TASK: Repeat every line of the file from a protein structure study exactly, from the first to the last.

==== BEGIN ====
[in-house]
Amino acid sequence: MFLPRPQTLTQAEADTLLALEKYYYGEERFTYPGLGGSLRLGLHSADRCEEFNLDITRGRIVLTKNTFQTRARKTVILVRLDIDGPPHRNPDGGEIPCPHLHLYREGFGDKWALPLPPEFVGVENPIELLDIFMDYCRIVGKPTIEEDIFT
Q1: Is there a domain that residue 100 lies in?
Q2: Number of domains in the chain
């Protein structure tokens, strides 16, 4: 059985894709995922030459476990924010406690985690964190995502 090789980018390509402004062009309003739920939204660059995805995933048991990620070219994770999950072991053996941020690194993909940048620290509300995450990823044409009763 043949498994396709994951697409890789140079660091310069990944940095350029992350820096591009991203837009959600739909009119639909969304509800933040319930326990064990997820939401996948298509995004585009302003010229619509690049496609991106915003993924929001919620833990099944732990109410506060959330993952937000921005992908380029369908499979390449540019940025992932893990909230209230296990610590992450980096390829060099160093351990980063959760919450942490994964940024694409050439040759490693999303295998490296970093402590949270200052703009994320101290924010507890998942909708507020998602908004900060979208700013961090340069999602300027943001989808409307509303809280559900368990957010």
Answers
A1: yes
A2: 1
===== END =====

[in-house]
Amino acid sequence: MFLPRPQTLTQAEADTLLALEKYYYGEERFTYPGLGGSLRLGLHSADRCEEFNLDITRGRIVLTKNTFQTRARKTVILVRLDIDGPPHRNPDGGEIPCPHLHLYREGFGDKWALPLPPEFVGVENPIELLDIFMDYCRIVGKPTIEEDIFT
Q1: Is there a domain that residue 100 lies in?
Q2: Number of domains in the chain
């Protein structure tokens, strides 16, 4: 059985894709995922030459476990924010406690985690964190995502 090789980018390509402004062009309003739920939204660059995805995933048991990620070219994770999950072991053996941020690194993909940048620290509300995450990823044409009763 043949498994396709994951697409890789140079660091310069990944940095350029992350820096591009991203837009959600739909009119639909969304509800933040319930326990064990997820939401996948298509995004585009302003010229619509690049496609991106915003993924929001919620833990099944732990109410506060959330993952937000921005992908380029369908499979390449540019940025992932893990909230209230296990610590992450980096390829060099160093351990980063959760919450942490994964940024694409050439040759490693999303295998490296970093402590949270200052703009994320101290924010507890998942909708507020998602908004900060979208700013961090340069999602300027943001989808409307509303809280559900368990957010």
Answers
A1: yes
A2: 1